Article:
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June 2020 - Steep Stories
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of the Lazy Literatus

Month: June 2020

Ivan Chai from Tver Oblast

One of the nerdy pursuits we in the tea community like to pay attention to is origin. Single origin teas are the bread-‘n-butter of tea geekery. However, outside of good ol’ Camellia sinensis, herbal infusions aren’t really given the same consideration. That is, unless the herb in question can’t be found outside of a certain region—like with, say, rooibos.

I mean, sure, there might be German chamomile stans versus Egyptian chamomile stans, but I haven’t run into any. Actually, come to think of it, there are “wars” about who produces better peppermint (Oregon or Washington), but those are slap-fests at best. Conversations about herbal terroir rarely happen. At least, not in the tea circles I orbit.

Well . . . then I started exploring Ivan Chai. And that led me to one particular lake, in one particular region of Russia, with one hell of a unique approach. Let’s just say my perspective was turned in on its figurative eyelid.

Image mooched from Wikipedia

“And Who Is My Neighbor?”

Trigger Warning: The following article discusses religion and race. So, consider yourself doubly warned.

In my Bible readings, there is one aspect I keep coming back to. In the Gospels, Jesus conveyed his teachings through the use parables. Short, fictional stories that often left the listener with more questions than answers. He gave his reason for doing so in Mark 4:10-11, when his disciples asked about them: “He told them, ‘The secret of the kingdom of God has been given to you. But to those on the outside everything is said in parables[…]”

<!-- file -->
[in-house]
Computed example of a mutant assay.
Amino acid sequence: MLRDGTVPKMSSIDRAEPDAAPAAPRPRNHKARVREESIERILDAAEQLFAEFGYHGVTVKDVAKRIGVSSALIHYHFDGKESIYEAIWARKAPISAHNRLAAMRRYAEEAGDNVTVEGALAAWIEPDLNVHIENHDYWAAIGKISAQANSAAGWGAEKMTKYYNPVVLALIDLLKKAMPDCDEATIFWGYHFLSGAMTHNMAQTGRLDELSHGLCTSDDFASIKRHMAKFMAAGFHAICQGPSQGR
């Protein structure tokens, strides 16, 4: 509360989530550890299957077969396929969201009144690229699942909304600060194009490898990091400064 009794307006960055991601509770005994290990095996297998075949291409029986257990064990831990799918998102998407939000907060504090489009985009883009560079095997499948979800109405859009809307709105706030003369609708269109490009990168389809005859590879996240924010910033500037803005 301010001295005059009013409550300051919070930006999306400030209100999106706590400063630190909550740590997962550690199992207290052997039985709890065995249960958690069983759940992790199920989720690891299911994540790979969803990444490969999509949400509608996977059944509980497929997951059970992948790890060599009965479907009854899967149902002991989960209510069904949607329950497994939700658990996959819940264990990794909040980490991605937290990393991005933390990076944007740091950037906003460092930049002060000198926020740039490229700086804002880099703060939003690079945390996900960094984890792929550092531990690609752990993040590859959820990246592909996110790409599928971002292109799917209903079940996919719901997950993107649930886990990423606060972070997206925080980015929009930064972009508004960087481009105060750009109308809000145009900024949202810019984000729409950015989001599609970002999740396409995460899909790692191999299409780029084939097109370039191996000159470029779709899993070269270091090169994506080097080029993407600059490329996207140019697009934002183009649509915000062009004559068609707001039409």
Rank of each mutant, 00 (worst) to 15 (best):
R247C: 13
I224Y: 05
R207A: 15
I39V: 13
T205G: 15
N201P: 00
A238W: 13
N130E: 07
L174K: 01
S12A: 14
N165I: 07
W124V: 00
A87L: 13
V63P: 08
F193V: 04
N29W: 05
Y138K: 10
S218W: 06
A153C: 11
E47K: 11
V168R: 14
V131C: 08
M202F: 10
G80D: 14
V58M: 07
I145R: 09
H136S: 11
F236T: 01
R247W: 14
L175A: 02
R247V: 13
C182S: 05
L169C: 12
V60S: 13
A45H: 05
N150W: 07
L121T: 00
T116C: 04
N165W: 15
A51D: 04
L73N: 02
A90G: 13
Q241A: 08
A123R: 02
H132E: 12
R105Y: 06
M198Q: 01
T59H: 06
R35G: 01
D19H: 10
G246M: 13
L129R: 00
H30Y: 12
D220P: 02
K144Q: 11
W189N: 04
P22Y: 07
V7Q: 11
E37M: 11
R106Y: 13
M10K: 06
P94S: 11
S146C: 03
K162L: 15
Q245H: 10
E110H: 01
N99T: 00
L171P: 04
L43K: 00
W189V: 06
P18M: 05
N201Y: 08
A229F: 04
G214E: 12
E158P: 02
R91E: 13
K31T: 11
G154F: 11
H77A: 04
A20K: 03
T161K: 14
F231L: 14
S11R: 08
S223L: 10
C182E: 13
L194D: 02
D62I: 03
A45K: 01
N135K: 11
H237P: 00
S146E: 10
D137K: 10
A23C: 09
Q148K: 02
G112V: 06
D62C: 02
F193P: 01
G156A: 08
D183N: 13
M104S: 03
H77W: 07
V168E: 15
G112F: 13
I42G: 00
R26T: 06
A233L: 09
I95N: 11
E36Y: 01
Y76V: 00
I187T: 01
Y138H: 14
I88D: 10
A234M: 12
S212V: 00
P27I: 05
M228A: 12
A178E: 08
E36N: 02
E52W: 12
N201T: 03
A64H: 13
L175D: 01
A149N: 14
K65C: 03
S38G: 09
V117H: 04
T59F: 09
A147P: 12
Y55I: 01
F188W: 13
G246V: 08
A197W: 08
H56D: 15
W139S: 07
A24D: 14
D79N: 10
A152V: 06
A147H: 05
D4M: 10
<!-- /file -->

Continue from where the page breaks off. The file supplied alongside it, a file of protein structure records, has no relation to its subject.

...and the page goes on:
These vignettes weren’t just moral lessons, they were the only way Jesus could convey Divine wisdom, and his role in greater world. Some even straddled the line between allegory and fable. Oftentimes, they possessed more than one meaning. Such is the case with the Parable of the Good Samaritan in the Gospel of Luke.

The Good Samaritan by Jacob Jordaens, c. 1616; mooched from Wikipedia

The “Aera” of Nepalese White Tea

One of the (few) benefits of this whole quarantine/lockdown thing we’ve endured so far in 2020 has been the chance to get to know new people. Granted, not in real outdoor life, but in an online capacity. During this period, I had a video call/tea session with one Joe Stanek, co-purveyor of the company Aera Tea. (The “Aera” was an Olde World-y form of “Era”, which I thought was kinda cool.) They were unique for two reasons—two regional reasons. They sourced teas from both Nepal and Yunnan.

Nepal is one of my go-to regions, so that occupied the body of our tea-centric conversation. Joe offered to send me examples of their wares. I asked if they possessed more than one from a particular farmer. He confirmed that they did, and I giddily mentioned that was totally my wheelhouse.

He kindly passed on two whites from one of their growing partners.

Image owned by Aera Tea

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